Internet Explorer 8's XSS Filter examined
- 22 August, 2008 10:47
Microsoft's Security Vulnerability Research & Defense team (SVRD) have recently posted information online about the Cross Site Scripting (XSS) filter to be incorporated into Internet Explorer 8 when it is released.
There are the three main conditions that the SVRD team have identified as being necessary to be met in order for the filter to be effective.
The filter needs to have as close to zero impact on normal content and Web traffic as possible. The reality is that there will be some level of impact as the filter is tweaked in an ongoing process to find the right balance between security and usability. Too much of an impact to basic traffic could result in the user rushing to turn the filter off as quickly as possible. Not stopping enough XSS attacks and the filter may as well not exist.
Basically the SVRD team are using this approach to describe resistance to polymorphic XSS attacks. It should not be a simple matter to bypass the filter's protection through simple modification of an existing attack.
Having the filter active should not introduce too much of a performance hit to the browser, or else the user will again rush to disable it. The requirement for performance means that certain models and approaches are not going to be suitable and so some compromise needs to be met.
As with a lot of technology where there are three criteria to be satisfied, it's not going to be possible to have a product strong in all three areas without at least some compromise. Where that compromise ends up being will be seen once the filter reaches widespread usage, but the rest of the architecture post gives some hints as to where those compromises were made.
Performance requirements meant that the implementation method for the filter has moved from being a MIME filter, where it intercepted requests and responses before the rendering engine had a chance to display the content, to actually forming a part of MSHTML.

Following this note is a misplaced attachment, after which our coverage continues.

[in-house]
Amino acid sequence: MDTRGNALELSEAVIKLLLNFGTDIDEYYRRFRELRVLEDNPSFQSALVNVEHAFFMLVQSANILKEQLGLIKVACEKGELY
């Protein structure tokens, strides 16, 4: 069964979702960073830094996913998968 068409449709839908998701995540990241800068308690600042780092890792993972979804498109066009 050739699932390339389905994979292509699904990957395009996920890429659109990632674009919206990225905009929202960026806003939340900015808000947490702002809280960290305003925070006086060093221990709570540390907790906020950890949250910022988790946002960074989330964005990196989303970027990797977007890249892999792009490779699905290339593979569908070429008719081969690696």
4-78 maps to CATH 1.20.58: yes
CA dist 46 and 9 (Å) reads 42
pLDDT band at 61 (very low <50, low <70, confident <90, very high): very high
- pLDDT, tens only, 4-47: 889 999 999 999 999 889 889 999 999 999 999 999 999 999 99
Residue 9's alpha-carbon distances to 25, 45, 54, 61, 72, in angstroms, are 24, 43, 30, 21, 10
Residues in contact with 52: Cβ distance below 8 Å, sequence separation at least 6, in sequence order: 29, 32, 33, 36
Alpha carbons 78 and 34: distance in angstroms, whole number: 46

This little factoid is more important than the in-browser support itself. It means that any future application that is developed to render HTML / Web content using Microsoft's MSHTML should be able to access integrated XSS filtering (provided that Microsoft make the API for accessing it readily available).
To compare, it would be like integrating an XSS filter for Safari into the WebKit system component and making it available for all OS X applications wanting to render HTML, or into the Gecko (Mozilla family), KHTML (Konqueror and original source for WebKit), Presto (Opera, Adobe), or other HTML rendering engines.
One of the more intriguing design decisions is not to assess content that is set to be rendered as an image. Because of IE's historical issues with MIME-type sniffing and mangling, this sounds worse than it actually is. One of the changes to be introduced with IE 8 is a new way of assessing MIME-types, especially if a script is masquerading as an image file (something earlier versions of Internet Explorer, including IE 7, would have tripped up on).
Yet another interesting aspect is the decision to use a combination of heuristics and signature matching to identify XSS attacks, with the heuristic methods being used to compile and add to the signature database in use. If designed correctly, it could allow users to share and modify their signature database to include defence against XSS attack methods they haven't already encountered. Microsoft could use reports from users to compile a core signature collection that is then updated with the monthly security patches, much as the Malicious Software Removal Tool is.
Microsoft's efforts are to be commended, however with reality being somewhat hostile, Internet Explorer users should not fall into the trap of thinking that the in-browser XSS filter will protect them against any and all potential issues, much as they shouldn't with the many and varied in-browser anti-phishing initiatives that are in use. This is something that is acknowledged in the SVRD post, both in terms of the type of XSS attack to be targeted (basic reflected XSS) and in terms of what will not be protected against (such as the many other XSS methods).
If you take the approach that it is a backstop against accidental user mistakes, then the filter will have a long and useful life and should form part of an integrated defence posture. To achieve this, the development team need to minimise the deviation from the desired design conditions and ensure that the filter doesn't annoy users to the point that they will willingly turn it off to regain normal browser or site performance.
If the development team can deliver a viable solution, it is something that other browser and rendering engine developers should pay attention to and consider implementing their own similar solutions.